Joe Girardi's Most Puzzling Managerial Decisions of 2012
It isn't easy being a manager, but it is easy for a writer to criticize a manager over mistakes he makes in the heat of whatever moment he's in.
So let's get this show on the road.
Playing It by the Numbers with CC Sabathia
Well it's obvious really.
If CC Sabathia is on the mound and in a bit of a jam, it makes perfect sense to walk a light-hitting infielder in favor of a former 40 home run hitter with far more power in Carlos Pena. The free pass also loaded the bases with two outs.
That's Joe. When in doubt, playing it by the book instead of trusting his best pitcher. It was the first inning of the first game of the 2012 season and the perfect opportunity to make a difference in a game using nothing but cunning managerial abilities.
Oh yeah, Pena promptly smacked a grand slam over the right field wall that put the Rays up by four.
The Yanks would go on to lose the game thanks to that and Mariano Rivera's blown save, 7-6.
Derek Jeter's Early Half Day off
At the fragile age of 37, Jeter needs all the rest he can get during the season. You can never be too careful with such an old man. Besides, it's not like The Captain is always in phenomenal shape, far better than you're average aging player.
In fact, in his career, Jeter has played in 131 games or more in every season of his career but one. And that season he still managed to appear in 119. Injuries have very little history during Jeter's tenure in pinstripes and there were no signs of it now.
I do understand rest, but one game into the season and Jeter needs a half day off as the team's DH?
Not to mention it left the unsure-handed Eduardo Nunez in the field who, as sure as the sun rises, will make at least one error in almost every game he's in.
True to form, Nunez would make a crucial error that ended up hurting his team and the Bombers were beaten by the Rays once again in a series that culminated in a sweep for Tampa Bay.
The Bombers themselves were still undefeated until that point while it was their manager who was 0-2.
Keeping Russell Martin's Bat in the Lineup
When a team needs to rest it's catcher for a game or two, it's normally wise not to leave the backstop in as the DH. That's because if the need arises to have to pull the back up catcher for any reason, a team doesn't have to lose the DH to do so.
But, of course, that very scenario happened for the Bombers' skipper on May 1.
After taking reserve backstop Chris Stewart out of the game in favor of a pinch hitter, Martin was inserted in his place behind the plate and New York lost their DH for the rest of the game.
It's a good thing Martin still got in the lineup to hit, he went 0-for-3 with a walk and a strikeout. On the season, Martin is hitting an abysmal .211.
I think it's safe to say the big bad Yankees offense could have done without their starting catcher even stepping on the field at all.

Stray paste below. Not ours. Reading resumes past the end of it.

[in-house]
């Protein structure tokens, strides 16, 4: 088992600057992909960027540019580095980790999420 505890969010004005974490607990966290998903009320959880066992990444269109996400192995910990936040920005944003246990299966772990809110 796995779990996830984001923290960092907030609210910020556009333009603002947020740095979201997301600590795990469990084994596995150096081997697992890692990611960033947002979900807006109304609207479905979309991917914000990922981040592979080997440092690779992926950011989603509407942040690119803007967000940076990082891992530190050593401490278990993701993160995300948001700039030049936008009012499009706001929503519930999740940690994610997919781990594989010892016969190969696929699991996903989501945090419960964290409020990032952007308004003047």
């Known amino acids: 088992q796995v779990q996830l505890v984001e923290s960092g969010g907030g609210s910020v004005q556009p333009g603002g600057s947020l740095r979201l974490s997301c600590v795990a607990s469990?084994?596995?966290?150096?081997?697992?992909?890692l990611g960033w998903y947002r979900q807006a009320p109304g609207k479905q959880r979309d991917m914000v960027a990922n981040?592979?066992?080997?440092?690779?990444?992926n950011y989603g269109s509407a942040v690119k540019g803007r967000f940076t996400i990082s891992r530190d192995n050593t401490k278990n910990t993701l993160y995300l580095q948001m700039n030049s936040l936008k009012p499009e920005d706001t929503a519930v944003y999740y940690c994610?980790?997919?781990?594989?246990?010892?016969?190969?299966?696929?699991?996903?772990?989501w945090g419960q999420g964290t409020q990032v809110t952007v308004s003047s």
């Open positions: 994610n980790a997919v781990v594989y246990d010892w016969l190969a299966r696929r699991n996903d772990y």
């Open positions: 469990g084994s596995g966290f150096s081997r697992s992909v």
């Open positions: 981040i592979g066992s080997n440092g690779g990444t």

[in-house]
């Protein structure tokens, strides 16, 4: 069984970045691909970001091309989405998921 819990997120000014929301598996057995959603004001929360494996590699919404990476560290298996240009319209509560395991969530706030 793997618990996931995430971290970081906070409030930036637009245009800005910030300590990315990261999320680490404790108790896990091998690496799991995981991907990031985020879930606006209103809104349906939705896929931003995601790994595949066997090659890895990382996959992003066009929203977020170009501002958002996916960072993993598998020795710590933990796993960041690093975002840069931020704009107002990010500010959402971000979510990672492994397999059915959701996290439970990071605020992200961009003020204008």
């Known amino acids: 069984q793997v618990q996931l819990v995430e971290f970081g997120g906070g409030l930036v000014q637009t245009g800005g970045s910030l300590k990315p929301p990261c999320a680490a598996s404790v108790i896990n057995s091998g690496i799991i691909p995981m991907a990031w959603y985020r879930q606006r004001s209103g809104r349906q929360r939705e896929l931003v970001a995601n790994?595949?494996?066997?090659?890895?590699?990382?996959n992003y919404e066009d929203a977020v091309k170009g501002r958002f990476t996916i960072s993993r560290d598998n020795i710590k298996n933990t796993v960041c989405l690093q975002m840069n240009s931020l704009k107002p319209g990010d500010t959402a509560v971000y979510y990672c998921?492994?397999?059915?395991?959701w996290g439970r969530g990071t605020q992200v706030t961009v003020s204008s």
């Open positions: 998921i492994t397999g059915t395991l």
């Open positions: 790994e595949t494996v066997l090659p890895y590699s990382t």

Making David Robertson Closer
It was panic city in the Bronx when Mo went down to a season-ending — and potentially career-ending — injury that left a normally secure position very much in doubt.
But Rivera regained his composure after some heartbreaking moments following the injury and announced he would be back for the 2013 season no matter what it took, according to Mark Feinsand of the New York Daily News.
Mariano: "I am coming back. Write it down in big letters. ... I'm not going out like this."— Mark Feinsand (@BloggingBombers) May 4, 2012
So there was to be no crowned closer for the future, only a temporary replacement. D-Rob was the overwhelming favorite to take the job when the day came, but the day didn't come.
Instead of using an experienced closer whose best season save 45 saves, Girardi decided to burden his young right-hander with the task of replacing Rivera right away.
Robertson would be successful in his first attempt at a save, but had to get out of a bases loaded jam to do so. The next day, Robertson wasn't so lucky and blew a save in his second attempt.
Since then, Robertson has been on the shelf himself and Rafael Soriano is now the Bombers full-time closer as verified by Jon Heyman of CBSSports.
I guess these things just have a way of working themselves out no matter what a manager does.
Teaching Mark Teixeira a Lesson
Teixeira's struggles are no secret to anyone in the Yankees Universe, especially his manager. Girardi had clearly grown tired of waiting for his first baseman to hit, so he moved Tex down in the order to the No. 7 hole.
It was rare territory for the former Gold Glove winner as Teixeira had never seen that spot in the order during his time in New York. In two games in his new place in the lineup, Teixeira went 2-for-7 with two strikeouts and not a single RBI.
Tex was moved right back to the 3-4-5 area in the lineup after his two lackluster, lesson-learning games as the No. 7 hitter.
Talk about tough love.
Since Girardi's puzzling decision, Tex has eight homers and 24 RBI as he continues to turn his season around.
However, it's unlikely the switch has anything to do with Tex's turnaround. His average still isn't anything special sitting at .252, so it looks like the normal Teixeira who will be around the 40 homer mark and hitting just off the interstate.